PHOENIX -- Two-run singles by Ian Desmond and Tyler Moore in the top of the ninth inning helped the Nationals defeat the D-backs, 5-1, at Chase Field on Wednesday afternoon. The Nats ended up taking two out of three games in the series and improved their record to 21-19.
"We needed this one. It salvaged the road trip. It started off really bad for us [against the Athletics]," manager Matt Williams said. "Then we won the first game [of the series in Arizona]. It's nice to get this one to go home on a positive note with an off-day. So the guys can get some rest."
The score was tied at 1 when Washington scored the four runs in the ninth off reliever Brad Ziegler. With the bases loaded and nobody out, Desmond swung at the first pitch and singled to left field, scoring Denard Span and Anthony Rendon. It ended a scoreless streak for Ziegler at 18 1/3 innings.
"[Ziegler] had some really good numbers over the last few years. He has been effective," Desmond said. "I wanted to make sure that I got something up in the zone. Pretty much beyond that, I let the hands work."
Williams is familiar with Ziegler, having watched him the previous two-plus seasons with the D-backs.
"[Scoring doesn't] happen very often on him," Williams said. "He has a miniscule ERA for a reason. He is tough, especially against right-handers, but we were able to stay on a couple baseballs off him."
After Danny Espinosa grounded out to put runners at second and third, Moore singled to left field, scoring Jayson Werth and Desmond.
"The pressure was off me because Desi had such a big hit," Moore said. "I was going in trying to be small, not doing too much. I know the infield was playing in. I was trying to get a ball to the outfield. Ziegler was trying to get me to hit a ground ball to the infield."
It was a game in which the Nats had to be encouraged by Doug Fister's performance on the mound. He was dealing on this day, but ended up with a no-decision. It was much better than the outing he had last Friday, in which the righty pitched 4 1/3 innings and allowed seven runs -- five earned -- against the Athletics. This time, Fister went seven innings and allowed one run on five hits. The bottom line was Fister kept the ball down with his sinker.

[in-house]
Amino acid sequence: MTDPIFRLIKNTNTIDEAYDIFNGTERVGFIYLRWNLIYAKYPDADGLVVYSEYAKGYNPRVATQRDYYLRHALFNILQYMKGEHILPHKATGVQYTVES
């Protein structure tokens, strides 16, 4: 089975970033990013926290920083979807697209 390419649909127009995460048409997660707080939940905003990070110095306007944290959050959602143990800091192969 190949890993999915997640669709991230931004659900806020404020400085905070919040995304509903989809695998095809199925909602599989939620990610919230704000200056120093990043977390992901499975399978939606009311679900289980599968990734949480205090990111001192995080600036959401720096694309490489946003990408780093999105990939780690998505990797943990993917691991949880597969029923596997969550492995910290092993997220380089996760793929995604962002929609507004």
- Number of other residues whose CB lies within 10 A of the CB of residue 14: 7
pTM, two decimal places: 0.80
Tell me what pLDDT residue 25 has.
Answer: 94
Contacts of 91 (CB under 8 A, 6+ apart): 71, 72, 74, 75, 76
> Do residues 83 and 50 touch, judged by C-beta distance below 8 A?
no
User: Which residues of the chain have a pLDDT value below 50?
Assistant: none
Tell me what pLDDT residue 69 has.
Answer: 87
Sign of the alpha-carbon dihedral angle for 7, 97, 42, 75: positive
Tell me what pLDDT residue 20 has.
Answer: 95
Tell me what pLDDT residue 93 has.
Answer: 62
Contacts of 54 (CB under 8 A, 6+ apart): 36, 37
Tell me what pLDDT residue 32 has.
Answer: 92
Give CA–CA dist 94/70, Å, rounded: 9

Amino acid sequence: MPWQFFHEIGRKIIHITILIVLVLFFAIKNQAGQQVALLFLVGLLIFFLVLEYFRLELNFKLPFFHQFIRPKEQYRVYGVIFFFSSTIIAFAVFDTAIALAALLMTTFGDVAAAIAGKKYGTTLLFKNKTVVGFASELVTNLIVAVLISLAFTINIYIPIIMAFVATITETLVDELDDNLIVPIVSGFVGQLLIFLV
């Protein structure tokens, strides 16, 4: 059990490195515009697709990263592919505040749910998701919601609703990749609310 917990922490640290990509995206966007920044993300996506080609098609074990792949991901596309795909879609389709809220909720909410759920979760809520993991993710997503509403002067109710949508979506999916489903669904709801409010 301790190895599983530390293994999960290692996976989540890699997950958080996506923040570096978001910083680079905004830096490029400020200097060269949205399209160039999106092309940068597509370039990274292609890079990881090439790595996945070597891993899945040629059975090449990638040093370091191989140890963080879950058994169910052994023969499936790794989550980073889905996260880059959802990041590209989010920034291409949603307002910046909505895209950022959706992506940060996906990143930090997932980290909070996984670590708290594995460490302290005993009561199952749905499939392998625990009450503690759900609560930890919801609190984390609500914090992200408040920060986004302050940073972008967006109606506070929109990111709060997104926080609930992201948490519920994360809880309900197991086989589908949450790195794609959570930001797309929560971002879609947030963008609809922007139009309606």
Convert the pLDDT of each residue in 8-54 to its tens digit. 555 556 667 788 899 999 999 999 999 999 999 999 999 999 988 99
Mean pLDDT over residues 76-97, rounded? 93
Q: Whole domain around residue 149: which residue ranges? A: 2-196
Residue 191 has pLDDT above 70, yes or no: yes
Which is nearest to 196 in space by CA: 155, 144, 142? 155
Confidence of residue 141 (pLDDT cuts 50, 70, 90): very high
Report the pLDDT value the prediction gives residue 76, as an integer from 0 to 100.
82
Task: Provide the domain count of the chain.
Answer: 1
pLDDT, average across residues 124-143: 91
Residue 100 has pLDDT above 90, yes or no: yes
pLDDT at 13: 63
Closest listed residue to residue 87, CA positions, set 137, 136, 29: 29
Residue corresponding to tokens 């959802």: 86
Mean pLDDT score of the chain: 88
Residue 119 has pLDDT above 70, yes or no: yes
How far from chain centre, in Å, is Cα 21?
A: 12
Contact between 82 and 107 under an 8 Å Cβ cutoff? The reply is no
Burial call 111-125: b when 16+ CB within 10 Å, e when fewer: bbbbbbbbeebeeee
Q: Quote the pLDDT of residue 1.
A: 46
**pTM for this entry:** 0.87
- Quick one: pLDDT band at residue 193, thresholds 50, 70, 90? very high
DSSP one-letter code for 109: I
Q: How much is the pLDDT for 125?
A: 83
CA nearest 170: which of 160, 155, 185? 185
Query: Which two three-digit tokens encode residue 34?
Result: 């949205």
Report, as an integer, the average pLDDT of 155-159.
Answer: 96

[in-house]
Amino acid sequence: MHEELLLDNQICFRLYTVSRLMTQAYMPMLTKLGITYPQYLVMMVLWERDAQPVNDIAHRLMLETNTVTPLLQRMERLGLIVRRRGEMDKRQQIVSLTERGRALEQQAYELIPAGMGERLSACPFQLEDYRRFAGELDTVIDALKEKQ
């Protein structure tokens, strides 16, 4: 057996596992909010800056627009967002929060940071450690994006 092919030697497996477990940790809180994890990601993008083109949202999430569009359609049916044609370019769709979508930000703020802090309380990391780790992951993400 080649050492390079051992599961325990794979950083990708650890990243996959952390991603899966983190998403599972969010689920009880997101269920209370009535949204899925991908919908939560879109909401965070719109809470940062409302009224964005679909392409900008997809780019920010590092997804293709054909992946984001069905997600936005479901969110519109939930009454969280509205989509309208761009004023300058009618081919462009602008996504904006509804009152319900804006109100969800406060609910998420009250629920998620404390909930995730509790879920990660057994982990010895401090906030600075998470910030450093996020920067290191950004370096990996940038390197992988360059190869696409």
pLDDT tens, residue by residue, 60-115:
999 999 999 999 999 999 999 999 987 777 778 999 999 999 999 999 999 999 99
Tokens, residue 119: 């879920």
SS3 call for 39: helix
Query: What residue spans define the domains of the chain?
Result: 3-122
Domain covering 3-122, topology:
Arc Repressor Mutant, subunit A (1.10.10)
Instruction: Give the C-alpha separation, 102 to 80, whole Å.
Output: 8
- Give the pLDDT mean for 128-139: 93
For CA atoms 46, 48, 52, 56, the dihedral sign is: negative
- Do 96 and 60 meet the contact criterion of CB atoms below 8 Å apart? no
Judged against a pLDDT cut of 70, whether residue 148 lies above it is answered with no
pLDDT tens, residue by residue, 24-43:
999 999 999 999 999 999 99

"He had good stuff," D-backs manager Kirk Gibson said. "He was changing speeds. He's got a really good sinker and he was throwing it to both sides of the plate. He started going to his offspeed stuff later in the game, and he just had us off balance. He threw a good game."
Fister will be the first to say he wasn't perfect on the mound, but he was pleased to get into a good rhythm with catcher Jose Lobaton.
"[Lobaton] did a great job back there today, and the defense worked. That's the name of the game," Fister said. "It's a matter of executing and getting out there -- same mindset, same game plan, same preparation. It's a matter of going out there."
The one run off Fister came in the fourth inning when Aaron Hill swung at a 3-0 pitch and homered over the left-field wall.
D-backs right-hander Brandon McCarthy also cruised, retiring the first 12 hitters he faced and allowing two hits in eight innings. One of those hits ended up tying the game in the top of the seventh inning, when Werth went deep for his fifth home run of the season.
To the Nationals, McCarthy's velocity was better than what they saw last year. His sinker was clocked at 93-94 mph.
"He was throwing a lot of strikes and getting ahead. His ball was really moving," Werth said. "I got into a 2-0 count, he threw me a cutter. He was trying to throw a strike there, I was ready to hit and I barreled it."
It ended up being Washington's 12th comeback victory of the season, and all things considered, Werth is satisfied how the Nationals are playing this year.
"We're playing tough, we're missing some guys," Werth said. "Everyone has been kind of down on us, negative about how our season has gone, but I'm not."
Bill Ladson is a reporter for MLB.com and writes an MLBlog, All Nats All the time. He also could be found on Twitter @WashingNats. This story was not subject to the approval of Major League Baseball or its clubs.